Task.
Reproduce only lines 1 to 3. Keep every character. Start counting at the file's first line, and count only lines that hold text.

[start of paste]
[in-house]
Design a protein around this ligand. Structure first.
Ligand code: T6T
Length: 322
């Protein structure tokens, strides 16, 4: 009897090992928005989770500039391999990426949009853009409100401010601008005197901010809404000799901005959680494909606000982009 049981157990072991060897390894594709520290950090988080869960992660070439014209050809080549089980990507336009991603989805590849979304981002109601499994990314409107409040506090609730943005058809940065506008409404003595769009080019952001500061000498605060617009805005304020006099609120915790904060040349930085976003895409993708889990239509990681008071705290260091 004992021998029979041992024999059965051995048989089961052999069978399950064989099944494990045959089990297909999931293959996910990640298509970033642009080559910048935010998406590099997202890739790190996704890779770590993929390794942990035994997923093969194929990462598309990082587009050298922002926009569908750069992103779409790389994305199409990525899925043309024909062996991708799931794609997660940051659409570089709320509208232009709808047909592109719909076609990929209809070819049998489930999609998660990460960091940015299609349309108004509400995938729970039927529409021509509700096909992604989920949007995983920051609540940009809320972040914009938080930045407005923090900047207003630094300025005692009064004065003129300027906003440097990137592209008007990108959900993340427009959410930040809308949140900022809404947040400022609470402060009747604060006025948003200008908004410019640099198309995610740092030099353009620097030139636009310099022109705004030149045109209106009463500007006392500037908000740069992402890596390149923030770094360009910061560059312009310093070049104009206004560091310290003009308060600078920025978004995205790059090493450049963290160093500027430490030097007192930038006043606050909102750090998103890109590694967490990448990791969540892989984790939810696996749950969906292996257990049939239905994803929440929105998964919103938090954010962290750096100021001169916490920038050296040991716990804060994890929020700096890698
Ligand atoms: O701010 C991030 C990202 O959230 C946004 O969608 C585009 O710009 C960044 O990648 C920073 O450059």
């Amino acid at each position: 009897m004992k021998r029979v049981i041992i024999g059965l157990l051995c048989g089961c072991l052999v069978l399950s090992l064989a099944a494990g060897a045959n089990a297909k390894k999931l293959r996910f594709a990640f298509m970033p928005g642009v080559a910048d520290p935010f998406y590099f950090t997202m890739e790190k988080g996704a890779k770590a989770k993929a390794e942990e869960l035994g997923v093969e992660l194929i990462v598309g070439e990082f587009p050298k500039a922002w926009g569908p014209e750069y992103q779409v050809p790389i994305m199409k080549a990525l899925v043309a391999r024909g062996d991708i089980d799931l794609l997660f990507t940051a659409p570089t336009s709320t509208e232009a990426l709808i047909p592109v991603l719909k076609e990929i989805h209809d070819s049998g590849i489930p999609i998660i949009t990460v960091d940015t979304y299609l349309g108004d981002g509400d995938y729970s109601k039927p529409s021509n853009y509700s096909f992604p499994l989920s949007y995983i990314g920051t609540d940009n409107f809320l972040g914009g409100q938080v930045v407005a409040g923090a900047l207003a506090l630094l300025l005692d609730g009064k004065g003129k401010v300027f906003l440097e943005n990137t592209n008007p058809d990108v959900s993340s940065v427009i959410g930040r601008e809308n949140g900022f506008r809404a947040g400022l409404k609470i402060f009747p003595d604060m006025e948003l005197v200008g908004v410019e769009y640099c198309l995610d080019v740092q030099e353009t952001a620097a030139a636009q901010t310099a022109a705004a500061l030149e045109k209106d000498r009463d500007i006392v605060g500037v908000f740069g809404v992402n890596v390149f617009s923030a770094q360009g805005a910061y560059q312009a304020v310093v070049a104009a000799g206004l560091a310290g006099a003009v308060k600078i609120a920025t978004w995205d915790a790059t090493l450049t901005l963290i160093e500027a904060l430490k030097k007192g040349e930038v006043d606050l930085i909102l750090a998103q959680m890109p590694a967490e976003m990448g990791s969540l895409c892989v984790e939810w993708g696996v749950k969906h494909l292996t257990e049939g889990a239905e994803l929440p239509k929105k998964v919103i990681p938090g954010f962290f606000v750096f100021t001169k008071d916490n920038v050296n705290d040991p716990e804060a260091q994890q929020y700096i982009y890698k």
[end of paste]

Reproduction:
[in-house]
Design a protein around this ligand. Structure first.
Ligand code: T6T